The most common communication channels in organizations that Dr. Neill discovered are departmental meetings, meetings with direct supervisors, annual employee surveys, employee intranet and anonymous report systems.

Employees were asked about how often they remain quiet about an issue or concern seen in the organization. The responses reflected that honesty may not be appreciated within companies. The study shows that 85 percent of the respondents said they remained quiet about a concern sometimes, half the time, most of the time, or always.

Among the listening skills academics and practitioners alike identify as valuable, active listening, also called empathic listening, involves restating a paraphrased version of the speaker’s message, asking questions when appropriate, and maintaining moderate to high nonverbal conversational involvement.

Dr. Neill noted that the survey data was collected in July 2020, when the COVID-19 pandemic was just six months old and remote work was becoming more commonplace. Since then, a rising number of employees have left organizations, make the challenges of listening to employees even more difficult.

“There’s the difficulty in hiring and retaining employees in our world right now,” Neill said. “It shows the importance of employee communication, making that a priority as well as actually listening to your employees and considering their feedback and implementing some of their recommendations. We found some issues that have broader implications for society.”

Is Japan’s Polite Listening Active Enough?

“They just move on with their plans without our consent,” is a common complaint businesses throughout Japan hear after their “resident briefing sessions,” as they pursue future developments that affect residents of the location at issue.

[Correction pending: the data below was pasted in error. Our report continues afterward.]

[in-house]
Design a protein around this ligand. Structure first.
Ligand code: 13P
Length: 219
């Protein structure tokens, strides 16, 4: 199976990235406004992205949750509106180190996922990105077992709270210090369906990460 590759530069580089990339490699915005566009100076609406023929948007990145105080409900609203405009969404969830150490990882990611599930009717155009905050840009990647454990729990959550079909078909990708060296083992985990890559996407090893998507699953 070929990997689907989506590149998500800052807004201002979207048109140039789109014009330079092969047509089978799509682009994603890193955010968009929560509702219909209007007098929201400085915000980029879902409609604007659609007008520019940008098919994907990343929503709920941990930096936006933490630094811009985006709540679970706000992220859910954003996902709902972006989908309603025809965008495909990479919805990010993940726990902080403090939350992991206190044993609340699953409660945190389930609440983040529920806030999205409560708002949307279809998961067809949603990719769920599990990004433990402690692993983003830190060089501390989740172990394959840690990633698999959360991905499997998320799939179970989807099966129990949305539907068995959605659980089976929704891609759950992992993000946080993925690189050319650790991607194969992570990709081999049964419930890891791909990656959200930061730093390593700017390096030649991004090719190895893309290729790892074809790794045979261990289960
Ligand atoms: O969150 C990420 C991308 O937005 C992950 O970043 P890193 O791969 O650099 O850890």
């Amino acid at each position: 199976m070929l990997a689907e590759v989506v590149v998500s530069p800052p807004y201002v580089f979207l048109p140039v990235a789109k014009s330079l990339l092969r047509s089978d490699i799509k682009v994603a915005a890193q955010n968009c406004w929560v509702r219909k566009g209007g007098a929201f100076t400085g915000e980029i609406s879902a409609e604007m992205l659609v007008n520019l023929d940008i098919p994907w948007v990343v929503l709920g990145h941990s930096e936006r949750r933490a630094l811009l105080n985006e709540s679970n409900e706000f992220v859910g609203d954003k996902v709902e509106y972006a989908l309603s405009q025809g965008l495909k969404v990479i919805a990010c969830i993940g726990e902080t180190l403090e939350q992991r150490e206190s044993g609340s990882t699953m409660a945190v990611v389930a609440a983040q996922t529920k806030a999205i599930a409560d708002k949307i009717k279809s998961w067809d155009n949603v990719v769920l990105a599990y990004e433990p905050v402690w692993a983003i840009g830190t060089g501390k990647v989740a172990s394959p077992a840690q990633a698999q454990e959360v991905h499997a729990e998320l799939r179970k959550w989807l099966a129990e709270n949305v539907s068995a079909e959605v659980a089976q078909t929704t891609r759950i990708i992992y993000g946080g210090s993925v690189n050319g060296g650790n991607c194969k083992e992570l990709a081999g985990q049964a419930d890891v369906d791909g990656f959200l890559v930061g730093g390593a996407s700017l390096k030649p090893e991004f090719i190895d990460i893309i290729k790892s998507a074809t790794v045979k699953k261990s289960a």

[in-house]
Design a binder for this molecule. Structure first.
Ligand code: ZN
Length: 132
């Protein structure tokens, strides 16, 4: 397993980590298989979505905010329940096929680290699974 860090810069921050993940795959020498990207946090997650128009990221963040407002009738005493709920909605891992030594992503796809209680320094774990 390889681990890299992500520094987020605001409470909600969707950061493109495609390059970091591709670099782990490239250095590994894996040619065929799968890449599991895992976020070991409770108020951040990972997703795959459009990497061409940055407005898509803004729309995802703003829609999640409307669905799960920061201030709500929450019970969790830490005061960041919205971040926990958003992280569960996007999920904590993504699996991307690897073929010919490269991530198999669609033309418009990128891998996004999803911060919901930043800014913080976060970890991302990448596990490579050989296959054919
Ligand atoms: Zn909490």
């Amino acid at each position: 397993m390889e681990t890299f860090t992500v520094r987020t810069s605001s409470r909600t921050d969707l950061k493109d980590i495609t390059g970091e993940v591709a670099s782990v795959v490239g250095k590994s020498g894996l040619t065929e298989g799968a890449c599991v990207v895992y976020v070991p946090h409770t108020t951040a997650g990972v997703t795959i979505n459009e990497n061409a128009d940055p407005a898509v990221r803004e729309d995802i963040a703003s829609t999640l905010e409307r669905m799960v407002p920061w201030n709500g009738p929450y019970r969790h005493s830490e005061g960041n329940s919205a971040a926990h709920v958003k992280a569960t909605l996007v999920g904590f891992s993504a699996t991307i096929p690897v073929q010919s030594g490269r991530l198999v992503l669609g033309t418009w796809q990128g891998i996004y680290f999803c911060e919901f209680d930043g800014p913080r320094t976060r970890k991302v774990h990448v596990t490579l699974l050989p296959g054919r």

These businesses allow interaction with residents who will be affected the most. But standard practice is to engage in an interaction where residents are individuals that need to be convinced, not people who need to be understood. This strategy is attractive to businesses because both parties have clearly defined roles: the business explains, the residents understand. In such a vacuum, there is little room for conflict to arise.

At Osaka City University, Professor Yasuyo Nomura, from the Graduate School of Human Life Science, has a different view. “Conflicts should not be avoided,” she said, “and depending on how consensus is reached, they can be an opportunity to strengthen the connection between people.”

Other common complaints Professor Nomura hears during resident briefing sessions are, “There is a limit to the number of questions you can ask and you cannot hear everything you want,” and, “They are biased toward the remarks of some people, and, “It’s hard to believe the company because their relationship with us is lacking.”

Professor Nomura teamed up with the PR Division of Hakuhodo, one of the oldest advertising agencies in Japan, which has a long history of helping corporations rebuild relationships with their clients, and helping businesses and residents interact in a way that turns conflict into moments of understanding for all sides.

After analyzing the problems with existing methods and the psychology of residents, the “interactive community consensus building process,” emerged, a process that takes place in workshops that have agreement between business and resident as the goal.

The workshops start out like any other dialogue. The business explains their development plans and the residents voice their concerns. Yet, now there is a positive change from business as usual.

Where a business would previously try to convince residents to not worry about their concerns, participants in interactive community consensus building workshops learn how to create a space where both parties sort out the reasons for these concerns and come up with solutions.